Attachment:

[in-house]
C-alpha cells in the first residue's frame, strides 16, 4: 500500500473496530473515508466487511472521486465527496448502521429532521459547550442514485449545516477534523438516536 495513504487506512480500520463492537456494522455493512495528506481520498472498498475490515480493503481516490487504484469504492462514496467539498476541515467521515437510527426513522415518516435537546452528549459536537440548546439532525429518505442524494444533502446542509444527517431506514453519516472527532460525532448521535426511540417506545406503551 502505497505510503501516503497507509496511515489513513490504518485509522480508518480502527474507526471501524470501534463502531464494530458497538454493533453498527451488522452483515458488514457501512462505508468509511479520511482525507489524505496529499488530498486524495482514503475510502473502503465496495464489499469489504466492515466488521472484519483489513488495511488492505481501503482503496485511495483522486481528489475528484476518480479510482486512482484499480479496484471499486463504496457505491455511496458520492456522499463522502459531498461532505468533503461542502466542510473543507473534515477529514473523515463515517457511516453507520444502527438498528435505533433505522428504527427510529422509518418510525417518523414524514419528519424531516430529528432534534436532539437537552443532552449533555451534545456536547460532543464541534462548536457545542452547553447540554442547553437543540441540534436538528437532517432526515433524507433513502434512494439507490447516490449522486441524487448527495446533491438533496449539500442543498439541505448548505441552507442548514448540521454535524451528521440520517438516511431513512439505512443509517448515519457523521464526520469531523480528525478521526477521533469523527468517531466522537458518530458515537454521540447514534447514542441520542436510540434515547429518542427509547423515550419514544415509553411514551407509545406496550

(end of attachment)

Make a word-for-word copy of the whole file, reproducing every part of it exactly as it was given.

[in-house]
C-alpha cells in the first residue's frame, strides 16, 4: 500500500473496530473515508466487511472521486465527496448502521429532521459547550442514485449545516477534523438516536 495513504487506512480500520463492537456494522455493512495528506481520498472498498475490515480493503481516490487504484469504492462514496467539498476541515467521515437510527426513522415518516435537546452528549459536537440548546439532525429518505442524494444533502446542509444527517431506514453519516472527532460525532448521535426511540417506545406503551 502505497505510503501516503497507509496511515489513513490504518485509522480508518480502527474507526471501524470501534463502531464494530458497538454493533453498527451488522452483515458488514457501512462505508468509511479520511482525507489524505496529499488530498486524495482514503475510502473502503465496495464489499469489504466492515466488521472484519483489513488495511488492505481501503482503496485511495483522486481528489475528484476518480479510482486512482484499480479496484471499486463504496457505491455511496458520492456522499463522502459531498461532505468533503461542502466542510473543507473534515477529514473523515463515517457511516453507520444502527438498528435505533433505522428504527427510529422509518418510525417518523414524514419528519424531516430529528432534534436532539437537552443532552449533555451534545456536547460532543464541534462548536457545542452547553447540554442547553437543540441540534436538528437532517432526515433524507433513502434512494439507490447516490449522486441524487448527495446533491438533496449539500442543498439541505448548505441552507442548514448540521454535524451528521440520517438516511431513512439505512443509517448515519457523521464526520469531523480528525478521526477521533469523527468517531466522537458518530458515537454521540447514534447514542441520542436510540434515547429518542427509547423515550419514544415509553411514551407509545406496550